CEO, Inox Leisure
Spending 8-9 hours in a movie theatre watching a live cricket match on the large screen - that's not something status quo in India. Nonetheless, that is what cinema chain Inox Leisure is offering fans. In 13 cities across India, the multiplex chain has devoted screens to playing ongoing ICC Cricket World Cup matches featuring team India. Inside the theatre, where silence is usually preferred, during matches, however, dhols are beaten and whistles are blown quite frequently.
Alok Tandon, CEO, Inox Leisure, calls it a "stadia experience". Inox, with 570 screens in India, is one of the largest cinema chains in the country. It reported a total income of Rs 1,707.08 crore in the year ending March 2019 which went up from Rs 1,348.12 crore generated in 2018. In Q4, FY 19, (January-March 2019), Inox reported an overall footfall of 180 lakh, up from the 126 lakh in the previous quarter.
Net Box Office collections, food and beverage sales and advertisements are the avenues from which cinema chains derive revenue. In Q4, FY-19, Inox leisure reported Box Office revenues of Rs 284 crore up from Rs 190 crore (50 per cent growth). Inox acquired the cine-telecast rights of the tournament from ICC and will screen all nine league matches featuring India followed by both the semi-finals and final.
We spoke to Tandon about this initiative.
What inspired Inox to screen Cricket World Cup matches in cinemas; was there research which indicated an opportunity?
The big idea is to bring delight to our patrons through content-driven innovations and converging them with our brand pillars of luxury, technology and service. Screening of ICC World Cup matches is an innovation as this is going to be a unique experience for fans. This innovation is an amalgamation of two "religions" in India - we are marrying the cricketing obsession with the giant screen craze. The stadium-like energy and the carnival-like atmosphere would make the fans feel like they are watching the match right there in England. Also, we know for sure that sports, especially cricket, come with a huge brand connect opportunity. And when it is about the World Cup, the entire country tunes in. The attempt is to capitalise on this huge attachment for cricket. This gives us an opportunity to connect with a wider demographic which is connected by their love for cricket and Inox's cinematic experience.
How did you decide which cities to devote screens for matches to and why those cities?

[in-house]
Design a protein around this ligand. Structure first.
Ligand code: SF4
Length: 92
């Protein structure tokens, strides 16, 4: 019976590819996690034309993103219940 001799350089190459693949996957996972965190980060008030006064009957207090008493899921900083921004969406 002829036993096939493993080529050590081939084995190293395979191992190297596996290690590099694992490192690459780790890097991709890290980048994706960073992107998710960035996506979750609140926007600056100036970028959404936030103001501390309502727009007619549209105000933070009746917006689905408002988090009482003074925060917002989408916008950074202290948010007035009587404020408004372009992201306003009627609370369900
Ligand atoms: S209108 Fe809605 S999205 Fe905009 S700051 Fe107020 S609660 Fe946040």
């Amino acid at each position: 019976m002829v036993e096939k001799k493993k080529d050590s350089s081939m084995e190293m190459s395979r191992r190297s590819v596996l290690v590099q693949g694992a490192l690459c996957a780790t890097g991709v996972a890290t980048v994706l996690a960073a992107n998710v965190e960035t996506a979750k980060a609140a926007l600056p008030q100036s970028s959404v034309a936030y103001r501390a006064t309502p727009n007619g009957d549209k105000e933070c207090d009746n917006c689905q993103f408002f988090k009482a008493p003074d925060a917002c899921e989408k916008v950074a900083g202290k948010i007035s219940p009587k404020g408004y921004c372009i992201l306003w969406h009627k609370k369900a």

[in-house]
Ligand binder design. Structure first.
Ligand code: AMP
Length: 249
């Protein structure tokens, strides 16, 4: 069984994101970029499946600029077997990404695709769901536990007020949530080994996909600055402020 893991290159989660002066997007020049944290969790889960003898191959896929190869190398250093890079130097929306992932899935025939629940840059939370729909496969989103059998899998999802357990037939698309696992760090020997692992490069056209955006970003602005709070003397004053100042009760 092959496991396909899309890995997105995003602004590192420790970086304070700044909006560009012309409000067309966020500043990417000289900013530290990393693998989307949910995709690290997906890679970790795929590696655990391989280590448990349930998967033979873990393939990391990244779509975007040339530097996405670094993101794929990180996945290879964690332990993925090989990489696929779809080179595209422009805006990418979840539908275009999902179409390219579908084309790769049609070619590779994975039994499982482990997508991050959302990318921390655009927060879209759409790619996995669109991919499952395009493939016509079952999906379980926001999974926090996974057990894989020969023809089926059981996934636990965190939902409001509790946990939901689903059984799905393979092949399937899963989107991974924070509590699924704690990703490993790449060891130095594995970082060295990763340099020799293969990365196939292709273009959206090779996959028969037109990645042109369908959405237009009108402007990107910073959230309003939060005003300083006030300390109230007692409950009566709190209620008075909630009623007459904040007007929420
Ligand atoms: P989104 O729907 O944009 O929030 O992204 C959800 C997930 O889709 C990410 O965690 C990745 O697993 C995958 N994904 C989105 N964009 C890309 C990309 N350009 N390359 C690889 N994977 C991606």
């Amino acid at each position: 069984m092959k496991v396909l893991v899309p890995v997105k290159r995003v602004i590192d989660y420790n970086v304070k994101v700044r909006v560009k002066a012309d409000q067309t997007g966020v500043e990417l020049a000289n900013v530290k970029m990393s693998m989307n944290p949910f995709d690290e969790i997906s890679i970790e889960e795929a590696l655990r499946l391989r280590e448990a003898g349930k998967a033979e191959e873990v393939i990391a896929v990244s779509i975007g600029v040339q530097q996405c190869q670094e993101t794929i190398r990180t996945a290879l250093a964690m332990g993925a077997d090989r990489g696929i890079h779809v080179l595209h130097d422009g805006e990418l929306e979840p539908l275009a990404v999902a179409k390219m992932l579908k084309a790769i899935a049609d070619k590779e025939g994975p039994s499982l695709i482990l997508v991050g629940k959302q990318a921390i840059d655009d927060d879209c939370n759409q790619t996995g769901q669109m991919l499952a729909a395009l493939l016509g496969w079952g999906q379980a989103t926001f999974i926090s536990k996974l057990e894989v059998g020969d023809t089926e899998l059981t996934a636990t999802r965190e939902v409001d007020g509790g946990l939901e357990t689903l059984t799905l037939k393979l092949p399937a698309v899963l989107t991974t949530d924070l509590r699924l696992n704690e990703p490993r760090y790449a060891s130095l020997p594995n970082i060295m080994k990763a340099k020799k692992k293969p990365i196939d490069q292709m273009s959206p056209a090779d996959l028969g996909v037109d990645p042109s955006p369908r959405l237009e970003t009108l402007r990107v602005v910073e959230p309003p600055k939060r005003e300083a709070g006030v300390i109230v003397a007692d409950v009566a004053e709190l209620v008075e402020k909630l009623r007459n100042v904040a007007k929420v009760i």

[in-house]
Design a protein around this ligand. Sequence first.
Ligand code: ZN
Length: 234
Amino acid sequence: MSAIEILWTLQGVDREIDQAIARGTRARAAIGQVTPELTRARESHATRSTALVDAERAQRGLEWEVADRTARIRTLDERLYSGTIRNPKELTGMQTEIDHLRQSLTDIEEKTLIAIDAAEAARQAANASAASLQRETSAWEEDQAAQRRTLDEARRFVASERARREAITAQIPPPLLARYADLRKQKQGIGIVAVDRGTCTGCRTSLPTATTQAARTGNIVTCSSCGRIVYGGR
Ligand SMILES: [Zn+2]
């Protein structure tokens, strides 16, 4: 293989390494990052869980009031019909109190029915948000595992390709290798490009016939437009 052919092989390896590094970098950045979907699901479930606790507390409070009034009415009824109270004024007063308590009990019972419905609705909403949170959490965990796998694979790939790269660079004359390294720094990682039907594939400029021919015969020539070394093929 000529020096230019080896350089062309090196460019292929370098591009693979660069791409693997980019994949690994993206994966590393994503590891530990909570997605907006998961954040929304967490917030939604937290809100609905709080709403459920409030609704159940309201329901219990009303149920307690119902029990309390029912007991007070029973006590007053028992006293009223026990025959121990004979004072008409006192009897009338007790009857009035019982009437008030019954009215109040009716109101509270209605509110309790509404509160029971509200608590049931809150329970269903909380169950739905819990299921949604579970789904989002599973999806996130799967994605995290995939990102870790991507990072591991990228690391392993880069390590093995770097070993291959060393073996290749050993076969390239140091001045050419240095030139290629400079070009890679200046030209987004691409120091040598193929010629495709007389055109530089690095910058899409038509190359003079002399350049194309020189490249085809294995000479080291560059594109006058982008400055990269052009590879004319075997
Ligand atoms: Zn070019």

While the initial scheduling, to begin with, is for 13 cities, we have not limited ourselves to these and are free to increase if required. There are a lot of factors like screen availability, permissions from authorities, paying propensity etc. to consider when making these decisions. It is the very first time that the ICC has provided cinema screening rights. Similarly, it is our first experience with World Cup Cricket. We have not limited ourselves to metros. If you look at the list, besides Delhi, Mumbai, Kolkata, and Bangalore, we are also screening in cities like Baroda, Surat and Faridabad.
How did you decide how much to charge per ticket for nine-hour-long matches?
When determining the prices, we consider the location, cost of the structure, paying propensity of the catchment, the day of the week, and the time of the day. This is a common formula for all types of screenings, whether theatrical releases or special events. As per our regular way of computing ticket prices, there are tickets for the World Cup screening for as low as Rs. 450.
What is the profile of the audience group visiting the theatres to watch matches? Is it the same as cinema lovers?
Cricket is a national obsession in our country and so is cinema; therefore, our audience profile is universal and thus, the target set is common. But events definitely help us bring non-cinema lovers to our multiplexes, giving them a feel of the giant screen and the ambience. What we have observed so far is - from teenagers to 60-year-olds, across all age groups, walked in to watch the matches. We have also received a lot of queries from corporates about bulk bookings. Many families also walked in and it became a family outing for them.
How are you promoting this initiative; what mediums are you using?
We are ourselves a media company, so there's a fair amount of on-screen and off-screen promotion at our multiplexes. We have also decked up our cinema lobbies and brought the World Cup spirit alive with promos, experiential engagements and cutouts. Externally, digital has been our primary mode of promotion for the World Cup screening. We have also relied on print advertising. Overall, we have adopted an integrated approach.
How has the response been so far and in which cities did you see a higher footfall?
While we don't have a number to share yet, the response, so far, has been very good. Our patrons love the experience and we can feel their gratitude. As I said, cricket is a national obsession, and, therefore, all the cities are seeing a similar response.
In the long run, do you see sports becoming a significant contributor to your overall footfall and thus, revenue?
Ticketing, as we always believe, is a function of content. Content is the new "hero" and as long as the content is performing well, ticketing revenues will flow in on its own. More than revenue generation efforts, we look at Live events largely and purely as consumer delight and brand building initiatives. A lot has been written about sports as the best content for gaining eyeballs and there is no doubt about it. As passionate fans get involved, their passion is translated into engagement and that makes sports a great opportunity, from a content perspective. Once the relationship gets stronger, the revenues will follow. We at Inox are looking beyond that.